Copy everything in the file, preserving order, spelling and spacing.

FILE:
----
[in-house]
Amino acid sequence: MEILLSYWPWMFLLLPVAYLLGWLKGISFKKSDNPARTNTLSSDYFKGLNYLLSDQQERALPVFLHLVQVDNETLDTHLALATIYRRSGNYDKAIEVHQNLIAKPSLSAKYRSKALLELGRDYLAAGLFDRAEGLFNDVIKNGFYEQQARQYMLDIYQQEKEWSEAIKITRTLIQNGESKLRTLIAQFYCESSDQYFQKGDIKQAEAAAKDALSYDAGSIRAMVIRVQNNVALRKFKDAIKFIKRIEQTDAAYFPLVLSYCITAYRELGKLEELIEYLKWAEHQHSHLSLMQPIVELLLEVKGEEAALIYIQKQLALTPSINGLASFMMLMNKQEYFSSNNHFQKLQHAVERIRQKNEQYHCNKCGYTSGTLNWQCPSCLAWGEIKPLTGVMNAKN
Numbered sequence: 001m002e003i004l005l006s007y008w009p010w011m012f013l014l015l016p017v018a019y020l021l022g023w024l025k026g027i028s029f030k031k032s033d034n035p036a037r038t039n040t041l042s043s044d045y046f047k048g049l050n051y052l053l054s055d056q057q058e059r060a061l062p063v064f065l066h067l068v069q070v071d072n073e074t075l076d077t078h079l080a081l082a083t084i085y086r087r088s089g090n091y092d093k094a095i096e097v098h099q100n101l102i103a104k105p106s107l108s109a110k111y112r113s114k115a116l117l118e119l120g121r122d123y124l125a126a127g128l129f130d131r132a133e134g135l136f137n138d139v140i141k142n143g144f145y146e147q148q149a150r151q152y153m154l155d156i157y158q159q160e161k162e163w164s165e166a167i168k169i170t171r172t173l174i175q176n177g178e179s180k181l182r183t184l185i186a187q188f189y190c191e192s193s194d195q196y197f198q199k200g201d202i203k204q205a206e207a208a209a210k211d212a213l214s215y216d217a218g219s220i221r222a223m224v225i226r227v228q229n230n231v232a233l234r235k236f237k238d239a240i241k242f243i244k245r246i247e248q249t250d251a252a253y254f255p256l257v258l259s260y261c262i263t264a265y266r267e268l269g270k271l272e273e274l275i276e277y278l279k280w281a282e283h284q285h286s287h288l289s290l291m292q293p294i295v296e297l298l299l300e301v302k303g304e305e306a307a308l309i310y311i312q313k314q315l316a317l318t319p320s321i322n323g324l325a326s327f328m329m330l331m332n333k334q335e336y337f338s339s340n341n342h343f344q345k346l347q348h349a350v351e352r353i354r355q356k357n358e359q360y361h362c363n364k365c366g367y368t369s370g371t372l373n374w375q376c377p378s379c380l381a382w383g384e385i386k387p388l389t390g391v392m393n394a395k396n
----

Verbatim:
[in-house]
Amino acid sequence: MEILLSYWPWMFLLLPVAYLLGWLKGISFKKSDNPARTNTLSSDYFKGLNYLLSDQQERALPVFLHLVQVDNETLDTHLALATIYRRSGNYDKAIEVHQNLIAKPSLSAKYRSKALLELGRDYLAAGLFDRAEGLFNDVIKNGFYEQQARQYMLDIYQQEKEWSEAIKITRTLIQNGESKLRTLIAQFYCESSDQYFQKGDIKQAEAAAKDALSYDAGSIRAMVIRVQNNVALRKFKDAIKFIKRIEQTDAAYFPLVLSYCITAYRELGKLEELIEYLKWAEHQHSHLSLMQPIVELLLEVKGEEAALIYIQKQLALTPSINGLASFMMLMNKQEYFSSNNHFQKLQHAVERIRQKNEQYHCNKCGYTSGTLNWQCPSCLAWGEIKPLTGVMNAKN
Numbered sequence: 001m002e003i004l005l006s007y008w009p010w011m012f013l014l015l016p017v018a019y020l021l022g023w024l025k026g027i028s029f030k031k032s033d034n035p036a037r038t039n040t041l042s043s044d045y046f047k048g049l050n051y052l053l054s055d056q057q058e059r060a061l062p063v064f065l066h067l068v069q070v071d072n073e074t075l076d077t078h079l080a081l082a083t084i085y086r087r088s089g090n091y092d093k094a095i096e097v098h099q100n101l102i103a104k105p106s107l108s109a110k111y112r113s114k115a116l117l118e119l120g121r122d123y124l125a126a127g128l129f130d131r132a133e134g135l136f137n138d139v140i141k142n143g144f145y146e147q148q149a150r151q152y153m154l155d156i157y158q159q160e161k162e163w164s165e166a167i168k169i170t171r172t173l174i175q176n177g178e179s180k181l182r183t184l185i186a187q188f189y190c191e192s193s194d195q196y197f198q199k200g201d202i203k204q205a206e207a208a209a210k211d212a213l214s215y216d217a218g219s220i221r222a223m224v225i226r227v228q229n230n231v232a233l234r235k236f237k238d239a240i241k242f243i244k245r246i247e248q249t250d251a252a253y254f255p256l257v258l259s260y261c262i263t264a265y266r267e268l269g270k271l272e273e274l275i276e277y278l279k280w281a282e283h284q285h286s287h288l289s290l291m292q293p294i295v296e297l298l299l300e301v302k303g304e305e306a307a308l309i310y311i312q313k314q315l316a317l318t319p320s321i322n323g324l325a326s327f328m329m330l331m332n333k334q335e336y337f338s339s340n341n342h343f344q345k346l347q348h349a350v351e352r353i354r355q356k357n358e359q360y361h362c363n364k365c366g367y368t369s370g371t372l373n374w375q376c377p378s379c380l381a382w383g384e385i386k387p388l389t390g391v392m393n394a395k396n